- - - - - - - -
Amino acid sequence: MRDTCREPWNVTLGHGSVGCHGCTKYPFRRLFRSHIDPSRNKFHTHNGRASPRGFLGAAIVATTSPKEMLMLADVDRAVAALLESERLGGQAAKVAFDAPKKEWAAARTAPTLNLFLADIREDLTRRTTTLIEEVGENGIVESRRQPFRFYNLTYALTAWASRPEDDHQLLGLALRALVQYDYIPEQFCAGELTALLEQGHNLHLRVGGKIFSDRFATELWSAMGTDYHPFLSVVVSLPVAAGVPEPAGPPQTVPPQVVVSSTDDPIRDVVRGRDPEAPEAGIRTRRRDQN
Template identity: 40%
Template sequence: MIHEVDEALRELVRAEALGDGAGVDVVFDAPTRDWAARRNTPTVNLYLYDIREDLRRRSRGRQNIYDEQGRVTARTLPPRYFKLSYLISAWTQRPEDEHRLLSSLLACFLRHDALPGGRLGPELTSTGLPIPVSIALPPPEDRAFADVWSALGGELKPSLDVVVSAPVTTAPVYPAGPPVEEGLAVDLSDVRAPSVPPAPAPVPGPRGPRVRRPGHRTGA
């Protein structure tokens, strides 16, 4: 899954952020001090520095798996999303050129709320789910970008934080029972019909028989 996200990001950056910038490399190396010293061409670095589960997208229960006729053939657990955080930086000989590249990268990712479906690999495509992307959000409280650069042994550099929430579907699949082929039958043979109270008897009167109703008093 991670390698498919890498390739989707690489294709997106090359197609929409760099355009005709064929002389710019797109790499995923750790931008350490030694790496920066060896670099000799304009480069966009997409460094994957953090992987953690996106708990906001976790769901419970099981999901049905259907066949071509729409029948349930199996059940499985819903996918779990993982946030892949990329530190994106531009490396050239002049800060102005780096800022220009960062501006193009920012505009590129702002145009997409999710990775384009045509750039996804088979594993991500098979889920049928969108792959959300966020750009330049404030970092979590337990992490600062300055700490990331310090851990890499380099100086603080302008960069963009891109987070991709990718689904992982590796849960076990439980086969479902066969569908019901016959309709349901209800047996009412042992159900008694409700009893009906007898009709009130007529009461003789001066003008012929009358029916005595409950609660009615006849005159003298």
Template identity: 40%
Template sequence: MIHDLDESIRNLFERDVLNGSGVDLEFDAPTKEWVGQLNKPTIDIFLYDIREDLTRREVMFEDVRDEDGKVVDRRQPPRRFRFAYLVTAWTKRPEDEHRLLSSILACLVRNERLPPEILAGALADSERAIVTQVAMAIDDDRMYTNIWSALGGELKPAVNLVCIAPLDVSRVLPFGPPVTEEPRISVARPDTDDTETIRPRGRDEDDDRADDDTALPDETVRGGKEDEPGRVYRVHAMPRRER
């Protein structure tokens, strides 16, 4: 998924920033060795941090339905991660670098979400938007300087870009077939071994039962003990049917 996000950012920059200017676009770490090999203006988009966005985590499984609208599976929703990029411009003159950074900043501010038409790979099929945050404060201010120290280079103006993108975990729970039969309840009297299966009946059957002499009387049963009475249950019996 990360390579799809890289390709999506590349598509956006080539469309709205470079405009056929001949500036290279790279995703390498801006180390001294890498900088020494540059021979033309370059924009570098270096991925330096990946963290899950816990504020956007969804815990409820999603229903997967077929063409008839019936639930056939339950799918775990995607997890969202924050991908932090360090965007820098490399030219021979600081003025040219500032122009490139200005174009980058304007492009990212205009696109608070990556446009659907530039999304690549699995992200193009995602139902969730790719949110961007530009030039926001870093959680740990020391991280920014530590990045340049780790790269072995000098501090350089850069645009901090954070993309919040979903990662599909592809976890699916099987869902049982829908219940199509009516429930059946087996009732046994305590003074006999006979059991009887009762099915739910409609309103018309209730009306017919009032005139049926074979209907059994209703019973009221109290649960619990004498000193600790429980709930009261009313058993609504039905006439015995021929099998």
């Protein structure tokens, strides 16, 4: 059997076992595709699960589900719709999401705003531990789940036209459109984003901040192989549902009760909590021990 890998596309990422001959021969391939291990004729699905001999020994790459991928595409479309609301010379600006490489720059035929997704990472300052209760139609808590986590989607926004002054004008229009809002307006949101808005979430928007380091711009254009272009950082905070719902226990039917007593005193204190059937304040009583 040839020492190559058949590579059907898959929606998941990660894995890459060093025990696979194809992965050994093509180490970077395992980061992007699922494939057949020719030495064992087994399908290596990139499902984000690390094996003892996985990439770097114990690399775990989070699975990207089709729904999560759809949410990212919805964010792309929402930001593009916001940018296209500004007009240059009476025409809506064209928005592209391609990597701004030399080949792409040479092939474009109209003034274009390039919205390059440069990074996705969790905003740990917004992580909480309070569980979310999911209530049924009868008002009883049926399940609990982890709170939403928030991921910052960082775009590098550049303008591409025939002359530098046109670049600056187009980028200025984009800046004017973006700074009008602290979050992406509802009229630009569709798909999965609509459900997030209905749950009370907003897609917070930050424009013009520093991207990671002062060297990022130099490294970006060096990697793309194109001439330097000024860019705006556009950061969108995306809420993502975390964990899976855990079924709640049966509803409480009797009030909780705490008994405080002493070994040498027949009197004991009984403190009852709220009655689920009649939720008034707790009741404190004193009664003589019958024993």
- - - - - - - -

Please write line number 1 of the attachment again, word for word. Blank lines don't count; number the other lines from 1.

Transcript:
Amino acid sequence: MRDTCREPWNVTLGHGSVGCHGCTKYPFRRLFRSHIDPSRNKFHTHNGRASPRGFLGAAIVATTSPKEMLMLADVDRAVAALLESERLGGQAAKVAFDAPKKEWAAARTAPTLNLFLADIREDLTRRTTTLIEEVGENGIVESRRQPFRFYNLTYALTAWASRPEDDHQLLGLALRALVQYDYIPEQFCAGELTALLEQGHNLHLRVGGKIFSDRFATELWSAMGTDYHPFLSVVVSLPVAAGVPEPAGPPQTVPPQVVVSSTDDPIRDVVRGRDPEAPEAGIRTRRRDQN